Public opinion theory and research are becoming increasingly significant in modern societies as people's attitudes and behaviors become ever more volatile and opinion poll data becomes ever more readily available. This major new Handbook is the first to bring together into one volume the whole field of public opinion theory, research methodology, and the political and social embeddedness of polls in modern societies. It comprehensively maps out the state-of-the-art in contemporary scholarship on these topics.

With over fifty chapters written by distinguished international researchers, both academic and from the commercial sector, this Handbook is designed to:

Give the reader an overview of the most important concepts included in and surrounding the term ‘public opinion’ and its application in modern social research; Present the basic empirical concepts for assessing public opinion and opinion changes in society; Provide an overview of the social, political and legal status of public opinion research, how it is perceived by the public and by journalists, and how it is used by governments; Offer a review of the role and use of surveys for selected special fields of application, ranging from their use in legal cases to the use of polls in marketing and campaigns.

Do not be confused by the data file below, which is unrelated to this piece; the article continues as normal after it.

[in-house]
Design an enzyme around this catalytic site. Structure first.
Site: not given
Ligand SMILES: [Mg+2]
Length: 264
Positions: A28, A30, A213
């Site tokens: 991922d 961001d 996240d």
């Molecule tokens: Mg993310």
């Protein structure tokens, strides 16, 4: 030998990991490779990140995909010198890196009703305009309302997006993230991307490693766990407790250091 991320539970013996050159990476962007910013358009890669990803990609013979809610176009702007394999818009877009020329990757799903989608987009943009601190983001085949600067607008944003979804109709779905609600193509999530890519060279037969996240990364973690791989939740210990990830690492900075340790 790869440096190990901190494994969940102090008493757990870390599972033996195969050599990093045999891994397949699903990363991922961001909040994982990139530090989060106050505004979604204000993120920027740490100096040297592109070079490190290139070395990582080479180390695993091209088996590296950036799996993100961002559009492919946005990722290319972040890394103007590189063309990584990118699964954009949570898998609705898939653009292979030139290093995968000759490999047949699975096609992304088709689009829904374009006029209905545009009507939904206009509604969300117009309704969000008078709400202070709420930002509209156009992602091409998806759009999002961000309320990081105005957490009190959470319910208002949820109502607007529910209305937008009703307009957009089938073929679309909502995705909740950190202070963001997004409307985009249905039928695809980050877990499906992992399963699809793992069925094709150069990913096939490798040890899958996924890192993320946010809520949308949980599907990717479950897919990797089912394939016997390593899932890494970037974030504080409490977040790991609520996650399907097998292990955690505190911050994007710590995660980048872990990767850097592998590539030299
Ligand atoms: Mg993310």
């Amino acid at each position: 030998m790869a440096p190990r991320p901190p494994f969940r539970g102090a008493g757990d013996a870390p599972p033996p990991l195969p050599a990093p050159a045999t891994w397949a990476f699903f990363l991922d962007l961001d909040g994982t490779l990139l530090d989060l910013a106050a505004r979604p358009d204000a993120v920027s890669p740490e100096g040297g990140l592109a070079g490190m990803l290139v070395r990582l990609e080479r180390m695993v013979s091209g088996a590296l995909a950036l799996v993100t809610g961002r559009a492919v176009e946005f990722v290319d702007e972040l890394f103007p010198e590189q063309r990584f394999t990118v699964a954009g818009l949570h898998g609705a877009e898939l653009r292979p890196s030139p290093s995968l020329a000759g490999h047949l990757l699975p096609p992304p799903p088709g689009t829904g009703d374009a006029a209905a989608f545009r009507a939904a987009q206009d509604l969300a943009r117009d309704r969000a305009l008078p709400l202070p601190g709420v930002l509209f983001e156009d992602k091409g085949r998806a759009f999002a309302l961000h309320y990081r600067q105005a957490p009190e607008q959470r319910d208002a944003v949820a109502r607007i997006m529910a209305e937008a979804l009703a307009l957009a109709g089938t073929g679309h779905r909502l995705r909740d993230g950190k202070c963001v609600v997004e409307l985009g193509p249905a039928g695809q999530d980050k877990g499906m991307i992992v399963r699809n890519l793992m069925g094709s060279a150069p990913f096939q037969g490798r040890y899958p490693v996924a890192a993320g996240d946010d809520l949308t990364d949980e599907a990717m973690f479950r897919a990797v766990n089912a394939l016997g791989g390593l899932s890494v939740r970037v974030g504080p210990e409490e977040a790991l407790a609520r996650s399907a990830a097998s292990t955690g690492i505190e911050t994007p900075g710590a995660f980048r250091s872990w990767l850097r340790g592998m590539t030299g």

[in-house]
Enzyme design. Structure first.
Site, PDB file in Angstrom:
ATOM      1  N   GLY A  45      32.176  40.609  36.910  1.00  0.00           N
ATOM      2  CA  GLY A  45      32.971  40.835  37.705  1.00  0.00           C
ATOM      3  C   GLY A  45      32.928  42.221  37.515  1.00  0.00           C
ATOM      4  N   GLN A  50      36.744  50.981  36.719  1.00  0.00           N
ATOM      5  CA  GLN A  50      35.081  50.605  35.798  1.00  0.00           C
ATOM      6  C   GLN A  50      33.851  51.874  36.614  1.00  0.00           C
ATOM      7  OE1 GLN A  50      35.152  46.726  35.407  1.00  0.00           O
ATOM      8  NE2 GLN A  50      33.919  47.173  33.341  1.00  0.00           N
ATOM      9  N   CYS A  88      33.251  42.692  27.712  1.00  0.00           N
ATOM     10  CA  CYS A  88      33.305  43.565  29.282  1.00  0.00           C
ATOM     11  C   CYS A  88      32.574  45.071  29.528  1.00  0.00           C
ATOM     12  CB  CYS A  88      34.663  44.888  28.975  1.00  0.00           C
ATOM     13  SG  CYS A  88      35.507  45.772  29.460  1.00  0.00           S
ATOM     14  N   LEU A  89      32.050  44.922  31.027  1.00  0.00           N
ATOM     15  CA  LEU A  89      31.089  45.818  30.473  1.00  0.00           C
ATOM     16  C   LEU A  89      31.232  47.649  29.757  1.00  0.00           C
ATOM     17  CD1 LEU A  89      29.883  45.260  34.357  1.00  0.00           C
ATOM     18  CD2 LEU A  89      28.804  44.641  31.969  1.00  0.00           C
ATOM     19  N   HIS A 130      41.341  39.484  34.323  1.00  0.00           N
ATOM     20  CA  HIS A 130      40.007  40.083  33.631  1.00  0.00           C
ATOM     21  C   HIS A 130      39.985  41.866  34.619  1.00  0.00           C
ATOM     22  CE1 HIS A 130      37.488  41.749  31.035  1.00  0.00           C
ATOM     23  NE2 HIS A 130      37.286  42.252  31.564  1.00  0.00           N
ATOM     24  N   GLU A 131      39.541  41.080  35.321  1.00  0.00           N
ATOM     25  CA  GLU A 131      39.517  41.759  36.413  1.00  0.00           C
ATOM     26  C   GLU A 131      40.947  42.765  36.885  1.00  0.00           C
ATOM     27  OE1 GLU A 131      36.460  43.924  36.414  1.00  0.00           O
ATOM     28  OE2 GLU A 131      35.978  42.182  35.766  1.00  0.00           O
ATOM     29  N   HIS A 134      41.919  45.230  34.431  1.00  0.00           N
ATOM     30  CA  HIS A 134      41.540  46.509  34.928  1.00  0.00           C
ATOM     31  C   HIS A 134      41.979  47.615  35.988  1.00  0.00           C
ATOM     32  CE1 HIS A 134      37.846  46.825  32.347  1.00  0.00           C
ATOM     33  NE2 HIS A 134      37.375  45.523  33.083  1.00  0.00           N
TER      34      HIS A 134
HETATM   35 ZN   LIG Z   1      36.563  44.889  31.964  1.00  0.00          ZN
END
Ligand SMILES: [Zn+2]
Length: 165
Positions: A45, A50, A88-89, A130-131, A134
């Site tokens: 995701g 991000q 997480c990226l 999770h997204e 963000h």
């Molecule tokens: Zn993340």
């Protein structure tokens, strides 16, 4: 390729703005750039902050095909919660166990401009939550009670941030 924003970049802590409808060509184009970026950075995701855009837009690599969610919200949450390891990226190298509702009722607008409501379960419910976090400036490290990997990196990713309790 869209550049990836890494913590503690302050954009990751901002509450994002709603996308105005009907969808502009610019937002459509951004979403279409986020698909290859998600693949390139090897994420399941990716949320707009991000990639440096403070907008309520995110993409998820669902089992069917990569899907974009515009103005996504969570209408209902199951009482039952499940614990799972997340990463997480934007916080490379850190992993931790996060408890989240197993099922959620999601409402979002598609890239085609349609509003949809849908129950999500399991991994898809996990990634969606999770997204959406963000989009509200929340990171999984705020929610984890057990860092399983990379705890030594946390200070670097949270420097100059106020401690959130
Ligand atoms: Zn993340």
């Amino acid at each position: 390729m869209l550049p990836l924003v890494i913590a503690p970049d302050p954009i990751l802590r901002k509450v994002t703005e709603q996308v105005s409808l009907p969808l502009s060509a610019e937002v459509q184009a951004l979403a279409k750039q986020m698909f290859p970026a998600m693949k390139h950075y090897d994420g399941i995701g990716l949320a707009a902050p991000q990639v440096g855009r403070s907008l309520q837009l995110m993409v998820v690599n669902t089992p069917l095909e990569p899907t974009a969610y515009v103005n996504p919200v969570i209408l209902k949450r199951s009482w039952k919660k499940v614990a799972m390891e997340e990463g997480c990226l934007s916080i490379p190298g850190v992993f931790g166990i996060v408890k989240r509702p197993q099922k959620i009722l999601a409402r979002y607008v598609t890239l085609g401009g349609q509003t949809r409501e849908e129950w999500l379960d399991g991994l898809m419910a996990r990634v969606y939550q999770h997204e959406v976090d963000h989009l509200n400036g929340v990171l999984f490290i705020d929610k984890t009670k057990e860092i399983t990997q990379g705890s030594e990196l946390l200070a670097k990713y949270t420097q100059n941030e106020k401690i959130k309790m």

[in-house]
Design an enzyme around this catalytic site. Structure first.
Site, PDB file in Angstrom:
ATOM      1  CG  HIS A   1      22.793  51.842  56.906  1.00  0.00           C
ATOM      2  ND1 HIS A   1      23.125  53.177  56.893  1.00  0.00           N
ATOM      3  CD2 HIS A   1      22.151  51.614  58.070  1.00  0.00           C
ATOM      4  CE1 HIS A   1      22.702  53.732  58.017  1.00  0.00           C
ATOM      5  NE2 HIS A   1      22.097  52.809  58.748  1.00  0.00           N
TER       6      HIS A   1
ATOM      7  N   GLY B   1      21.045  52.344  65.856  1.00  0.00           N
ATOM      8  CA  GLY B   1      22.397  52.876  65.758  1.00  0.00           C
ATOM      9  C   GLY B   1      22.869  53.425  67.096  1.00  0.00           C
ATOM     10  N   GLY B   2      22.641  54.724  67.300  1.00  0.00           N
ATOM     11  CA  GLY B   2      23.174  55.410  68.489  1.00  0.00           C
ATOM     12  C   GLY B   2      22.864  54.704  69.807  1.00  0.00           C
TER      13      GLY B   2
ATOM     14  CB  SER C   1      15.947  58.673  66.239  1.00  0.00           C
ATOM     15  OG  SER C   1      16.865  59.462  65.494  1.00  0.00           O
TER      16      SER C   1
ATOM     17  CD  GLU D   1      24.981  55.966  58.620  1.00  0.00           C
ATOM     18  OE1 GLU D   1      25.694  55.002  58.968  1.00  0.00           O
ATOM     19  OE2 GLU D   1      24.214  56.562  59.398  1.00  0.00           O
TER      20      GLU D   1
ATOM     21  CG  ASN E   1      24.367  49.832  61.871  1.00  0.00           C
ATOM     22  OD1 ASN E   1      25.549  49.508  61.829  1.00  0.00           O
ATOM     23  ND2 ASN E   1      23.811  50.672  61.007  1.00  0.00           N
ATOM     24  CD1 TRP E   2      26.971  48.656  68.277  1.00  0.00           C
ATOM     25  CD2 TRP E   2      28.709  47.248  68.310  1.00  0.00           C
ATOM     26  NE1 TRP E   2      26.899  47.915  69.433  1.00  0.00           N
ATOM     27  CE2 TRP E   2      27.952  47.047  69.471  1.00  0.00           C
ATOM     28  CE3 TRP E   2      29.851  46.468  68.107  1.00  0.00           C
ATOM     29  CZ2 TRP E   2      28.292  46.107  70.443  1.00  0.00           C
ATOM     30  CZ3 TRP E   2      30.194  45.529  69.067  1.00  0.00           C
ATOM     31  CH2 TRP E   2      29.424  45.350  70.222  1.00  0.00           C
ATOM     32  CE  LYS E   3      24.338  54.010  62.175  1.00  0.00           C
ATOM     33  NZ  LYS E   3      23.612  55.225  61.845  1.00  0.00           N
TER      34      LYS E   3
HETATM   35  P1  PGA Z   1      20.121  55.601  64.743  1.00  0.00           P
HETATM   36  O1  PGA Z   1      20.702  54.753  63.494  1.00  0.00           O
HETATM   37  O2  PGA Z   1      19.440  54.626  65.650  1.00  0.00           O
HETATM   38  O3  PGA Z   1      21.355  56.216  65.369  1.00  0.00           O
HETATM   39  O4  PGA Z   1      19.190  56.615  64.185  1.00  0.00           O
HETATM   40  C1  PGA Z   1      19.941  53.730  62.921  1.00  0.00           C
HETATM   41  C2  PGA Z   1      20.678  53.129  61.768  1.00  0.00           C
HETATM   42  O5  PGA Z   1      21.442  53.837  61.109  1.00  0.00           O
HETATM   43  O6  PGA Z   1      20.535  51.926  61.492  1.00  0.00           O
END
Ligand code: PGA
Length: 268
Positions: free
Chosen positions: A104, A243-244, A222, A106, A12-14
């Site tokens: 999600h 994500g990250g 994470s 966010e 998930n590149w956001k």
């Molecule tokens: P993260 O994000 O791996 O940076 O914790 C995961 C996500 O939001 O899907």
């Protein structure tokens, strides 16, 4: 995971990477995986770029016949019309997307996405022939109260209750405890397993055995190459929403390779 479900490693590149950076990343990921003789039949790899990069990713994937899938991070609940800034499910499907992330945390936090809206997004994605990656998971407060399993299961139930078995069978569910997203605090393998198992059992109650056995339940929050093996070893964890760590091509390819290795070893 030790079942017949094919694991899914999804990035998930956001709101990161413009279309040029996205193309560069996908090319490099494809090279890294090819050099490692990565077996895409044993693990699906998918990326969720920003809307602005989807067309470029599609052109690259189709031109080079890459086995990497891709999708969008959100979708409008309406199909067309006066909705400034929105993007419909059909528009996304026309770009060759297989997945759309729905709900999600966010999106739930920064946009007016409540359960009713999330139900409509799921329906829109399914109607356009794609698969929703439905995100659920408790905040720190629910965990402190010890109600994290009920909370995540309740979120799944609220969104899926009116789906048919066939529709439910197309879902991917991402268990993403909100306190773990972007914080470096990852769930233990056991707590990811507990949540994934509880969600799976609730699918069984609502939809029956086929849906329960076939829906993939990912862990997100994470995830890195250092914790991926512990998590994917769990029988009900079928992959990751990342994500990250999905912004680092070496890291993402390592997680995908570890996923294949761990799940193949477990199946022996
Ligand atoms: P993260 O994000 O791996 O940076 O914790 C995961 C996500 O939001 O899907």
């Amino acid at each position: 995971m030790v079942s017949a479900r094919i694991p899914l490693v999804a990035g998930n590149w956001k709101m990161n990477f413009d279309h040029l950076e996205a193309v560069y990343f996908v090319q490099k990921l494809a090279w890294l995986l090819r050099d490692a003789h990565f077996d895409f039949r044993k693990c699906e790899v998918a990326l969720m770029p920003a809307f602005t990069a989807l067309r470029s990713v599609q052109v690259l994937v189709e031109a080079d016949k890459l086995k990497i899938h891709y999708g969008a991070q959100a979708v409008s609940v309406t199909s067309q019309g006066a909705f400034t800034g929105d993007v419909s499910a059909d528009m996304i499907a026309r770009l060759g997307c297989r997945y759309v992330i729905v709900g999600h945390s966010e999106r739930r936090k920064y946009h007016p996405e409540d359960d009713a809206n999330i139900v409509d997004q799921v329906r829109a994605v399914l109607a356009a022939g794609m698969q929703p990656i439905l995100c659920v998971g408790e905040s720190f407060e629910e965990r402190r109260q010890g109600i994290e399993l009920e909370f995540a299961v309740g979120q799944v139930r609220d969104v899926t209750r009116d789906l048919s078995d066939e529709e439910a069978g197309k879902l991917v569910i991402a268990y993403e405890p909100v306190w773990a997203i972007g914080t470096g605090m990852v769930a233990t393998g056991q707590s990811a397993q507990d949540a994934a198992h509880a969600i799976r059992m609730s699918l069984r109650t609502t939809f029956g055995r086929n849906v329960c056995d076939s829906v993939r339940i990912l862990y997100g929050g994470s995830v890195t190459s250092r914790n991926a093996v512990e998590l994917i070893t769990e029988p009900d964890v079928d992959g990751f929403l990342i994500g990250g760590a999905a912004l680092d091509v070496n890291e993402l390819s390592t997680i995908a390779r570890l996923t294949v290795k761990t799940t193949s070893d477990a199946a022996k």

The SAGE Handbook of Public Opinion Research provides an indispensable resource for both practitioners and students alike.

Agenda-Setting, Framing and Priming


Issues help to structure our perception of reality. They provide typical categories which organize our knowledge and our experiences in a larger semantic framework relevant for communication in society (Luhmann, 1970). This is true for the depiction of current events in the news media, where headlines and keywords clearly indicate the issues the respective coverage refers to. And it corresponds with the audience members' processing of news, which needs a principle to store and retrieve this information. Cognitive schemata emerge as a result of these mental networks, and very often they relate to the schemata applied by the news media and reproduced in media coverage (Brosius, 1991; Roessler, 1999).

This chapter focuses on three relevant concepts in the field of cognitive media ...

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